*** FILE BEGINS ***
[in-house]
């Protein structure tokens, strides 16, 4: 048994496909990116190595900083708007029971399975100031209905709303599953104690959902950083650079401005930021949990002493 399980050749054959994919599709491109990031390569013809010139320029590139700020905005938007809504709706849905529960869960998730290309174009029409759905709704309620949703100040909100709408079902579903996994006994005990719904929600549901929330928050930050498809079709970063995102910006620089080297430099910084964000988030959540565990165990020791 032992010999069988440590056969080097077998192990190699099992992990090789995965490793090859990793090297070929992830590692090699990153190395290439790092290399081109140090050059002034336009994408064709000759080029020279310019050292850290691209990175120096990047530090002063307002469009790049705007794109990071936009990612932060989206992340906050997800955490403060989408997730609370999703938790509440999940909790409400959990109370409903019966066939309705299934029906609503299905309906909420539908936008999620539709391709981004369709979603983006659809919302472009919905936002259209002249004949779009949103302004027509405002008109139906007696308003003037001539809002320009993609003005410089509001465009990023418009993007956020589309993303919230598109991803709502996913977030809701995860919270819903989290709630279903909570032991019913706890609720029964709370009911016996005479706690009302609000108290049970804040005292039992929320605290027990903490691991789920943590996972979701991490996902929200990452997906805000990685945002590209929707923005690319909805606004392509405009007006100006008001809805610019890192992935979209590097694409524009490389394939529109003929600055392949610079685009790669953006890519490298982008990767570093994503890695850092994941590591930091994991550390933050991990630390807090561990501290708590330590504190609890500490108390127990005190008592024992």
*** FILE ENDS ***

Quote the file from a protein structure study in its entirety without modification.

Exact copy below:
[in-house]
């Protein structure tokens, strides 16, 4: 048994496909990116190595900083708007029971399975100031209905709303599953104690959902950083650079401005930021949990002493 399980050749054959994919599709491109990031390569013809010139320029590139700020905005938007809504709706849905529960869960998730290309174009029409759905709704309620949703100040909100709408079902579903996994006994005990719904929600549901929330928050930050498809079709970063995102910006620089080297430099910084964000988030959540565990165990020791 032992010999069988440590056969080097077998192990190699099992992990090789995965490793090859990793090297070929992830590692090699990153190395290439790092290399081109140090050059002034336009994408064709000759080029020279310019050292850290691209990175120096990047530090002063307002469009790049705007794109990071936009990612932060989206992340906050997800955490403060989408997730609370999703938790509440999940909790409400959990109370409903019966066939309705299934029906609503299905309906909420539908936008999620539709391709981004369709979603983006659809919302472009919905936002259209002249004949779009949103302004027509405002008109139906007696308003003037001539809002320009993609003005410089509001465009990023418009993007956020589309993303919230598109991803709502996913977030809701995860919270819903989290709630279903909570032991019913706890609720029964709370009911016996005479706690009302609000108290049970804040005292039992929320605290027990903490691991789920943590996972979701991490996902929200990452997906805000990685945002590209929707923005690319909805606004392509405009007006100006008001809805610019890192992935979209590097694409524009490389394939529109003929600055392949610079685009790669953006890519490298982008990767570093994503890695850092994941590591930091994991550390933050991990630390807090561990501290708590330590504190609890500490108390127990005190008592024992």